It is not often that your centre-forward doesn’t net one goal at home throughout the Premier League season even as you win the title at a canter and stay in contention to reach the 100-point mark till the very end.
But that is how it has been for Liverpool this year. Jurgen Klopp’s men were, by far, the best team in the country and ended a 30-year wait for the elusive crown, much to the joy of the Anfield faithful.
However, their central striker, the magical Roberto Firmino, only netted eight times in the league during the campaign and has, unbelievably, drawn a blank at home all season.
For any other player, these numbers will be considered ample proof of a below-par season, especially when your attacking partners have netted 17 and 19 goals respectively. However, Roberto Firmino is a different kind of striker. More on that below.
The two other forwards in question are Sadio Mane and Mohamed Salah, who prefer wider positions to the more centrally located Firmino in Jurgen Klopp’s celebrated triumvirate who have been instrumental in creating a new Liverpool, a team that has claimed the Champions League and the Premier League in consecutive seasons.
The three work together and how. That is why Roberto Firmino’s numbers need to be put into context.
Liverpool’s front three and their overlapping full-backs are a joy to watch in attack. The pace, the vision and the silken passing have proven too much to handle for most defences in England this season. But their off-the-ball work is also crucial.
The forwards begin this relentless pressing that doesn’t let the opposition settle on the ball leading to inexorable turnovers from which the counter-attacking Reds benefit in a huge way.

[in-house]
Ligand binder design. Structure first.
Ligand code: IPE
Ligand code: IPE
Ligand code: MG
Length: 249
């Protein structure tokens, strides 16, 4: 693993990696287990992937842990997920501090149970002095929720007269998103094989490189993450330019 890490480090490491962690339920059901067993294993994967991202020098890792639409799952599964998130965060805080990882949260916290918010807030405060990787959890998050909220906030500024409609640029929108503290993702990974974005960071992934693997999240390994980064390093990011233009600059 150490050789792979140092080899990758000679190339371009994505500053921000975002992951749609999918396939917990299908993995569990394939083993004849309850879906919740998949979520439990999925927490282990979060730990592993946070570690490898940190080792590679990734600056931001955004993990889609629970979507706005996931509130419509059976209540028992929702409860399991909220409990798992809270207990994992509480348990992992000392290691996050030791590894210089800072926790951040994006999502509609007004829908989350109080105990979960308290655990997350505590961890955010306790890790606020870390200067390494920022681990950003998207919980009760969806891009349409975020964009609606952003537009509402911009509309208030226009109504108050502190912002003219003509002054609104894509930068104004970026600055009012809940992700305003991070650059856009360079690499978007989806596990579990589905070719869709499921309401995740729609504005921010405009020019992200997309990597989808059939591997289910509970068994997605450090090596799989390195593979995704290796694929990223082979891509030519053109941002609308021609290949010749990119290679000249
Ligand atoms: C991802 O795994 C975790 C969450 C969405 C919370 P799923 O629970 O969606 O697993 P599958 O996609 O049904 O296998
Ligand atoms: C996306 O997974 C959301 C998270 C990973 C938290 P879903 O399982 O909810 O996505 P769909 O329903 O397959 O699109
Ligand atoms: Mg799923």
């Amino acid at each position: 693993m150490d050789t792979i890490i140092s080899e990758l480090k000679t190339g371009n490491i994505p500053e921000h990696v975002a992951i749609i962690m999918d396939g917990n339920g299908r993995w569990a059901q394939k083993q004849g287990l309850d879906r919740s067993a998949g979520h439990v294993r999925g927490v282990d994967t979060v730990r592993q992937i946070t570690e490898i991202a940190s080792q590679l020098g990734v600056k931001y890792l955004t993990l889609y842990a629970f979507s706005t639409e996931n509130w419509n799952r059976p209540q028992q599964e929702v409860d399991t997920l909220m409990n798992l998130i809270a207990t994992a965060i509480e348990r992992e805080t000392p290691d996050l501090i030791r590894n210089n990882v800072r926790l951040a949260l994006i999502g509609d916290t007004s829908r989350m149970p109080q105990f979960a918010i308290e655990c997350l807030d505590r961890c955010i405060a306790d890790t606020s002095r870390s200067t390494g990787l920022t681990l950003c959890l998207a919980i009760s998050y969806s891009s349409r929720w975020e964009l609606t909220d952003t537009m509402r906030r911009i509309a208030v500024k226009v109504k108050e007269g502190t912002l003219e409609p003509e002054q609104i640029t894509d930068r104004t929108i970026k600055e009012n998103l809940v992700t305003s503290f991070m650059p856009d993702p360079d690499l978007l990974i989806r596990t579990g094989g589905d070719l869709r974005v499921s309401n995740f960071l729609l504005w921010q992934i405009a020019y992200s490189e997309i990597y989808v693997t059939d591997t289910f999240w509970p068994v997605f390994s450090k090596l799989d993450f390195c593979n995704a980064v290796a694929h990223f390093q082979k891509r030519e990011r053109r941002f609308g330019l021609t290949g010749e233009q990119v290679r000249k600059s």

Here again, their silky and fast-paced passing comes into play. In both these attributes, Roberto Firmino is a vital cog.
Roberto Firmino is the system
For many, Roberto Firmino’s work as a false nine exemplifies the way this new Liverpool play. The Brazilian will never be a target man like a Zlatan Ibrahimovic or a marauding winger like Cristiano Ronaldo.
His influence is often more intangible. He is not your regular 20-goal a season striker. However, what he brings to the table adds to the way Liverpool’s entire attacking system under Jurgen Klopp functions.
For many backroom staff at Anfield, Firminho exemplifies the way the club plays, he is the system. That’s because he operates between the lines, finds those moments of silken vision and initiates the lightning quick transitions that his strike partners feed off.
Consider this, the 28-year-old has only once broken the 20-goal barrier during a highly successful stint at Liverpool.
But, more often than not, his assist count has matched or even crossed his goal output every season. Even this season, he has 12 assists and 11 goals across competitions for the Premier League champions.
It isn’t only the assists though, it is the technical and tactical nous that he brings to the field that matches so well with Klopp’s mode of functioning.
Still, questions remain
Jurgen Klopp was quick to brush aside any concerns regarding Roberto Firminho’s failure to find the net at home in the league before the recent 2-1 loss to Arsenal.
However, the Liverpool that took the field post the pandemic-induced lockdown have shown notable chinks in their armour. They look more vulnerable than their pre-lockdown days.
A big 4-0 defeat to Manchester City and the frustrating loss to Arsenal show that defending the crown next season might be a much tougher task than winning it the first time.
Defensive frailties and difficulties in finding the goal were both evident in these losses.
In such a scenario, more goals from your central marksman might become a necessity and not a luxury. Roberto Firmino is not a Luis Suarez or a Fernando Torres – proven goalscoring centre-forwards who have graced Anfield in recent times.
He brings a different skill set to the table that has been instrumental in Liverpool’s meteoric rise in European football. The trinity of Sadio Mane, Mohamed Salah and Roberto Firmino function together as a unit.
However, if more teams begin to figure out how to shut out the Reds for three-quarters of a match like Arsenal did, maybe the Brazilian will need to bring more potency in front of goal.